JOURNALIST: Minister, the community services sector, disability services, homeless services, even child protection services are operating under critical staff shortages, how do you expect that sector to cope with an increased workload when they already have difficulties addressing their current workloads?
JENNY MACKLIN: You’re right, they do work under enormous pressure and both Prof. Stanley and I have recognised the outstanding work that people at the frontline do dealing with what are often very very dysfunctional families and very damaged children, so I just want to take this opportunity to recognise the very important work that they do. But this is all about providing support early so we don’t have as many children getting to such a critical stage. To relieve some of the pressure on those very very serious frontline services that are critical and will continue to be critical. I would like to think that we could see a dramatic reduction in the number of cases of child abuse and neglect but I don’t think, I’m not so na”ive as to think it’s going to happen overnight. But we do want to gradually and persistently see improvements that will lead to the prevention of serious cases of child abuse and neglect and that way take some of the pressure of those critical frontline services.
PROF. FIONA STANLEY: We’d be doing well to keep the level at the current level. We would be doing well. All indications are that this is an increasing problem with increasing risk factors and falling protective factors. Just as you take drug abuse alone, that’s a huge increase and that has lead into a lot of these children being abused and neglected, and so we would be doing well if we could keep it at the level today. That’s the challenge. But the urgency therefore of going to a preventive mode is if we don’t get into that preventive mode it will continue to rise and those frontline services will be even more stressed than they are today. So my sense is that there’s absolutely no other way to go than this way and it’s really important we do it as quickly and as effectively as possible. That’s why this report is so important.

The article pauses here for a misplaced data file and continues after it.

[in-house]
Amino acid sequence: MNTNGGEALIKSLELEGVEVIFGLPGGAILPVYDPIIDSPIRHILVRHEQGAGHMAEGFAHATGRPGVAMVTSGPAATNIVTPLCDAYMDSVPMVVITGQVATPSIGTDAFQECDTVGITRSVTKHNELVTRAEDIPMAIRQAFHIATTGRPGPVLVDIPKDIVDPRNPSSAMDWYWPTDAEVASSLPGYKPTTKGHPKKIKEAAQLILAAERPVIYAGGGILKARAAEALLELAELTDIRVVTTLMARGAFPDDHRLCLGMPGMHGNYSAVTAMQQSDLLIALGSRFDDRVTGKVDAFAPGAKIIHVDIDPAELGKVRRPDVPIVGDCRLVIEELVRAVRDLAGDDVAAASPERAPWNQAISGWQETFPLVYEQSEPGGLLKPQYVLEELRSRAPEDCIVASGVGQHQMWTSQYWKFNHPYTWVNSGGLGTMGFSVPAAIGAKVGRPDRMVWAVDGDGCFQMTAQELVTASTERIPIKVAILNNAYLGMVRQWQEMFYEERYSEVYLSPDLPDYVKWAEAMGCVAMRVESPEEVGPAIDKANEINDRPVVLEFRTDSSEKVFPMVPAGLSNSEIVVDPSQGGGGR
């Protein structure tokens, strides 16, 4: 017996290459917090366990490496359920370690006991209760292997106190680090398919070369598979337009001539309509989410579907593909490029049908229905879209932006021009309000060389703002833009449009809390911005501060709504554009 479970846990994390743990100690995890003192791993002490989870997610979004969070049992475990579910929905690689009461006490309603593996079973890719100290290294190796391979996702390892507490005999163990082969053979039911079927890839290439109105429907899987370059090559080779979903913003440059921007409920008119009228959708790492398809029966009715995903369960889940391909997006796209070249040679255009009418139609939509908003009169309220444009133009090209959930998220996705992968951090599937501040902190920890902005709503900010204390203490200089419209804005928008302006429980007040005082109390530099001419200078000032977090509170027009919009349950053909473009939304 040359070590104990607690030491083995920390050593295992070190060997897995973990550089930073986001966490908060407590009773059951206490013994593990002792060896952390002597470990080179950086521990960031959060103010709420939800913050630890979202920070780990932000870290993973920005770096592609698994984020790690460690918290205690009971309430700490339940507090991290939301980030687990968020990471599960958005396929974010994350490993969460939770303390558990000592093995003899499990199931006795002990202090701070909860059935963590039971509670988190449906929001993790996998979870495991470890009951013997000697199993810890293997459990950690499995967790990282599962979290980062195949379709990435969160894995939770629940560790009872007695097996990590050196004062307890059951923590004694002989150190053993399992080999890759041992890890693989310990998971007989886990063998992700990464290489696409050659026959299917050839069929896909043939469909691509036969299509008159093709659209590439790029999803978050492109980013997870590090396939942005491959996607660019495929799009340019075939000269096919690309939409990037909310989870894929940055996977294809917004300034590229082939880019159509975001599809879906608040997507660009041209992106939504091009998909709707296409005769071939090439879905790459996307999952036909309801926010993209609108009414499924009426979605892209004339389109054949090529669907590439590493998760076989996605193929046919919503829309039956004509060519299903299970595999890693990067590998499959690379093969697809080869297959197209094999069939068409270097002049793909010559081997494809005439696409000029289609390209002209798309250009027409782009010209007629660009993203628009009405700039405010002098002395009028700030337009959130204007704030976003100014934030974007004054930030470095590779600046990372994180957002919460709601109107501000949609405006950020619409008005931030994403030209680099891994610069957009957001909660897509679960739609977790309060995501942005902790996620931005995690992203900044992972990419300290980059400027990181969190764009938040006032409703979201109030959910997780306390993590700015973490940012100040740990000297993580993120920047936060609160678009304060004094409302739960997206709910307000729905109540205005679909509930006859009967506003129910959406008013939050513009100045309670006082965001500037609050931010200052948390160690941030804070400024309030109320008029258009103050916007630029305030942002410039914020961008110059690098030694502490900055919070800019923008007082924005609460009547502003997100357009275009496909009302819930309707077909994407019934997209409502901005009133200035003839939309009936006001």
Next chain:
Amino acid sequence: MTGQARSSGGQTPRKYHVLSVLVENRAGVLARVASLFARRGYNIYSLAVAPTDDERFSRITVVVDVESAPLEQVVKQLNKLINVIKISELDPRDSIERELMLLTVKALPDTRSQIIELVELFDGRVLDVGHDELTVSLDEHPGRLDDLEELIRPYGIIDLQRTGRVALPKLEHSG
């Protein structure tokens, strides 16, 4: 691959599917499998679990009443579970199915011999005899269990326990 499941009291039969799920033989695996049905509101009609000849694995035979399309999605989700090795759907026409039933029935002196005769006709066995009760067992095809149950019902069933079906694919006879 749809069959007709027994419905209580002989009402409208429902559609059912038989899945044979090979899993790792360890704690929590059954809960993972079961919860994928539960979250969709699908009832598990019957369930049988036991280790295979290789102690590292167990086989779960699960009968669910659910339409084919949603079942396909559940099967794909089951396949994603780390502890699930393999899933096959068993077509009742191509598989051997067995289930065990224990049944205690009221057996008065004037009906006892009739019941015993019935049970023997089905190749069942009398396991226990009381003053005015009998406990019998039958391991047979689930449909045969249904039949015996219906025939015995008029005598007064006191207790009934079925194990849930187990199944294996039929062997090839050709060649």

JOURNALIST: What can be attributed to those startling increases in figures?
PROF. FIONA STANLEY: Will I answer that one Jenny? I think, I just wish more people would ask the question ‘why in Australia today and in many other developed countries are we seeing such an increase in cases of child abuse and neglect?’ And one of the things that’s happening of course is probably more are being reported than so we don’t really know that iceberg. We can never measure that iceberg underneath, but we know there’s a gap between what’s reported and what’s really occurring so it’s even scarier than the data show. We should ask this question why it’s happening and we’ve got a lot of information now on the pathways to child abuse and neglect and many of them are increasing and the major pathways are parents with mental health problems and we know that that’s dramatically increasing in this society. We know that drug and alcohol abuse are a major problem in child abuse and neglect. Both of those are increasing. We are faced, and this is the Government has these huge problems of what to do about binge drinking in young women for example, and drug taking. Big, big, problems internationally. The other is domestic violence. All of these of course are connected, that is apparently on the increase although again it’s very difficult to count it, and the other which is anguishing is disabilities. Now not all disabilities are increasing but many are, and so we’ve got an increase in vulnerable children, we have an increase in parents with problems that they are unable to cope. And so I think we can almost explain completely the increase in child abuse and neglect that we’re seeing in Australia’s society. And that’s why this is so urgent because if we don’t address those pathways we are not going to stop this epidemic as we’re calling it, of child abuse and neglect.
(Minister departs, interview continues with Professor Stanley)